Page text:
Section 02 | PDF Creation

PDF is short for Portable Document Format, a file format developed by Adobe Systems. PDF/X meanwhile serves as an umbrella term for several ISO standards that define a subset of the format. The purpose of PDF/X is to facilitate graphics exchange.

PDFs capture formatting information from a variety of desktop publishing applications, making it possible to send documents and have them appear on recipients’ monitors or as print-outs as they were intended. A PDF file represents an ordered sequence of fixed pages. The planned appearance of everything that each page contains is completely specified, down to the smallest detail. All the text, graphics, and images are specified to appear at precise spots on the page in a particular color, of a given and fixed size. The creator of the PDF file determines the exact appearance that the viewer will see and PDF renderers like Adobe Reader display the page contents exactly as specified.

Creating a PDF is like painting a picture. The paintbrush is the result of a combination of the software used to create the source document and the software used to convert the source document into the universal electronic document format (PDF). Like the painter’s brushstrokes, each character, each line, and each image is fundamentally independent, but they can interact with each other to produce specific visual effects.

In this section, GlobalVision describes best practices regarding the creation of PDF files.


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2.1 Standardize on PDF/X

RISK
Processing errors may occur in the proofing and pre-press stages.

ISSUES
The printer may not be able to accurately replicate the originally designed artwork.
EXAMPLE
2.1 pdf creation
SOLUTION
Do:
Use Adobe Acrobat Pro for pre-flight tools.
Analyze the PDF/X file upon completion.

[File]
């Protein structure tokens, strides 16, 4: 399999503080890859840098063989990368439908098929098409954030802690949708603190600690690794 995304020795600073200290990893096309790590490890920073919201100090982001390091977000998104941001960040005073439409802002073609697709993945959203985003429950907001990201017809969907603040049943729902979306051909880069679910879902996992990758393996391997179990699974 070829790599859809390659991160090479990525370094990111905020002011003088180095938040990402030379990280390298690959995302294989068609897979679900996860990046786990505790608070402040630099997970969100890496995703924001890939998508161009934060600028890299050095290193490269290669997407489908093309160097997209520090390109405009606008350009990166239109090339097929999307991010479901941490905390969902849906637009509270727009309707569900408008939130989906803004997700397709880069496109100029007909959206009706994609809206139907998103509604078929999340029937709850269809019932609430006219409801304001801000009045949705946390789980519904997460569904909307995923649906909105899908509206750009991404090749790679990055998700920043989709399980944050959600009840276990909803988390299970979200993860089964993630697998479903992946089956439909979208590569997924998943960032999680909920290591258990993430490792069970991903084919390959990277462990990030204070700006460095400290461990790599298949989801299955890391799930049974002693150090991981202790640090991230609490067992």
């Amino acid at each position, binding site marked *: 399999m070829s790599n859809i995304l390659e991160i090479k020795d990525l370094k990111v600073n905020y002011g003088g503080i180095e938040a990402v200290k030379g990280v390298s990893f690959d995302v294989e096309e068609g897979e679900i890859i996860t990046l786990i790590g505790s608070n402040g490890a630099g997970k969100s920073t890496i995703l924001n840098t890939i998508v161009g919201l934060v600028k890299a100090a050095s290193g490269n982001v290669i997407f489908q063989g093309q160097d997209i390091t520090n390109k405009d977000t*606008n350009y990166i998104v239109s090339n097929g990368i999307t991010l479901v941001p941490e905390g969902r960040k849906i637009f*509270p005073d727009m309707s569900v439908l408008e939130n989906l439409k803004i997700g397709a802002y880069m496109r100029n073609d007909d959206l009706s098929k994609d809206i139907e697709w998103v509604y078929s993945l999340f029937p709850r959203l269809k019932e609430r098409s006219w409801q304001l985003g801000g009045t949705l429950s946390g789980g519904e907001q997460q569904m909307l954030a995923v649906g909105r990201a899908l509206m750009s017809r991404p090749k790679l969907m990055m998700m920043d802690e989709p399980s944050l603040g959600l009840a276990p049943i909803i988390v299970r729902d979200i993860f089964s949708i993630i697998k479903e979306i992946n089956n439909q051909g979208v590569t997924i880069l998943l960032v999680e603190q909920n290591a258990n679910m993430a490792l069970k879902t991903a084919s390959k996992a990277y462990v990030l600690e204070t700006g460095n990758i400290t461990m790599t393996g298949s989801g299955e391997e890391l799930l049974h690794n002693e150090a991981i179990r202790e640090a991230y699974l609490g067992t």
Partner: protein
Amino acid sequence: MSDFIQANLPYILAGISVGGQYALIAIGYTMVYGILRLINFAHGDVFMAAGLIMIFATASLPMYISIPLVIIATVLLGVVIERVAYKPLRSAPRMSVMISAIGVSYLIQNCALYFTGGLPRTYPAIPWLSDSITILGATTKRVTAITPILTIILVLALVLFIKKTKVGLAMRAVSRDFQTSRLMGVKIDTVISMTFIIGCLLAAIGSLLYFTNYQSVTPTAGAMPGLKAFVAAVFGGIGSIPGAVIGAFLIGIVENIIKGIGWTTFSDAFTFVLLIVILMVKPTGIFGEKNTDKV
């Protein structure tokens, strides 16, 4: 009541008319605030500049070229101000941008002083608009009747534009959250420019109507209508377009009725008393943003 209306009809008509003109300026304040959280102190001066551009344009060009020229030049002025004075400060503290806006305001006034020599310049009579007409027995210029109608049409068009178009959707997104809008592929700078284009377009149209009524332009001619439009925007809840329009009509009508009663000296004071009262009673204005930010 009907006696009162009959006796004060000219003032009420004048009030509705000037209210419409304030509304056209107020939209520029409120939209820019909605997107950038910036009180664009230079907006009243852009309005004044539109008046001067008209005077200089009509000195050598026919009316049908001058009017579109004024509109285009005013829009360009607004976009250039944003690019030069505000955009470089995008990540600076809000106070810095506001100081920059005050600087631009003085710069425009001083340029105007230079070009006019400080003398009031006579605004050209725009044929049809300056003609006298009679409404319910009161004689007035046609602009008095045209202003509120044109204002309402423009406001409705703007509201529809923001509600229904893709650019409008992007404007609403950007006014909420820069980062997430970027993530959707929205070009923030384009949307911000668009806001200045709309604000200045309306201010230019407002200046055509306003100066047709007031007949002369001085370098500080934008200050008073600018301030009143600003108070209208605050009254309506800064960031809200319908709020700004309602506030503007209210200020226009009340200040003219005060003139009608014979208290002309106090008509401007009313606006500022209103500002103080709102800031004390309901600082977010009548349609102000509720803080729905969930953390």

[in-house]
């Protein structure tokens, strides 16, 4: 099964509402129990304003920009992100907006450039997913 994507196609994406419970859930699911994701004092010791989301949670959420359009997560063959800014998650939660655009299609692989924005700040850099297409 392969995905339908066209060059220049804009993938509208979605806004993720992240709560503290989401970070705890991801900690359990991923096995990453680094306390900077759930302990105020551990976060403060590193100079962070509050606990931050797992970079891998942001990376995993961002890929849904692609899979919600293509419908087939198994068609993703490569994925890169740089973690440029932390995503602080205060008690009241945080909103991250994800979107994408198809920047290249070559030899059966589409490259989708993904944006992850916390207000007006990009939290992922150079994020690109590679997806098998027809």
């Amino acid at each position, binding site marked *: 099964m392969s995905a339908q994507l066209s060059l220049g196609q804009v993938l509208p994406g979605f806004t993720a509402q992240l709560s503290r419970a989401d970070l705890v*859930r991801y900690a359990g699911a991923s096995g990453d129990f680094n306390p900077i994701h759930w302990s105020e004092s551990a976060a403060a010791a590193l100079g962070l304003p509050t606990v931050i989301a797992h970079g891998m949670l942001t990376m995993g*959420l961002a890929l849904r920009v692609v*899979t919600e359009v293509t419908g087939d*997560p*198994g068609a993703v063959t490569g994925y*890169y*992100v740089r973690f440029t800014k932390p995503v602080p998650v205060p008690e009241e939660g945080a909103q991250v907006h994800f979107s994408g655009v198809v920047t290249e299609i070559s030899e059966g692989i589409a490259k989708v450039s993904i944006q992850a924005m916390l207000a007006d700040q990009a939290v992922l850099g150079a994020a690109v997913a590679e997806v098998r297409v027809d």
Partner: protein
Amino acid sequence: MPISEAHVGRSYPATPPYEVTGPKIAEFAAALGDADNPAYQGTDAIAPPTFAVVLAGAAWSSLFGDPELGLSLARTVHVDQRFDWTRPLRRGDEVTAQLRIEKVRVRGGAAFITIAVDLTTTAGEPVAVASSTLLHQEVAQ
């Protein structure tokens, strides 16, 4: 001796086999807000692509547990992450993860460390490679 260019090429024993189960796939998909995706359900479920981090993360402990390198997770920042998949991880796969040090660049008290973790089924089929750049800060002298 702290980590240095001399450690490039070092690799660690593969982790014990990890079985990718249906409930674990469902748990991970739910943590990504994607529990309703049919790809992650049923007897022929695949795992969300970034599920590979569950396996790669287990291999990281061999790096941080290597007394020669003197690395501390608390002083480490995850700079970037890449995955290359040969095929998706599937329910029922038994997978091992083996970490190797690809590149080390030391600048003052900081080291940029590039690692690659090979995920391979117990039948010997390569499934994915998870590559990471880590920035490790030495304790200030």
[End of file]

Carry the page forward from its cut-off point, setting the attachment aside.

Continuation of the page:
Standardize on your PDF creation method.
Review ISO Standard PDF/X ISO 15930.

Don’t:
Create an encrypted PDF.
Create PDFs in any application other than Adobe Acrobat.
Create color-separated PDFs.
Use low-resolution images.

TIPS
The following steps may be applied in Adobe Acrobat Pro to save a standard compliant PDF file:
Adobe Acrobat Pro:

  • Go to the File Menu and click Save As.
  • Select PDF/X or PDF/A.
  • Type in the file name and click Save.

 

2.2 Create an accessible PDF from a Microsoft Word document

RISK
Processing errors may occur in the proofing and pre-press stages.

ISSUE
What you see on the screen is not always what is displayed in print. The printer may not be able to accurately replicate the original artwork.

EXAMPLE
2.2 pdf creation
SOLUTION
Do:
Include a pre-flight process in your workflow to ensure quality control of artwork.
Pre-flight the artwork in Adobe InDesign before creating the PDF as a precaution  to avoid errors.
Use Adobe Acrobat Pro to pre-flight PDFs to avoid errors before printing.

Don’t:
Approve final artwork files without pre-flighting them first.

TIPS
The following steps detail how to pre-flight a PDF in Adobe Acrobat Pro:

  • Go to the menu and select View and then Tools.
  • In the Tools panel, click on Print Production and select Pre-Flight.
  • Use an existing profile or create one.
  • Analyze and make the appropriate changes.

 

2.3 Create an accessible PDF from a Microsoft Word document

RISKS
The reading order in the PDF may not be detected properly.
ISSUE

  • Different departments may have different versions of the same software program.
  • Earlier versions may not be compatible with newer versions of the same software.

EXAMPLE
2.3 pdf creation
SOLUTION
Do:
Use formatting styles and headers in documents.
Use the bulleted-list feature in Microsoft Word.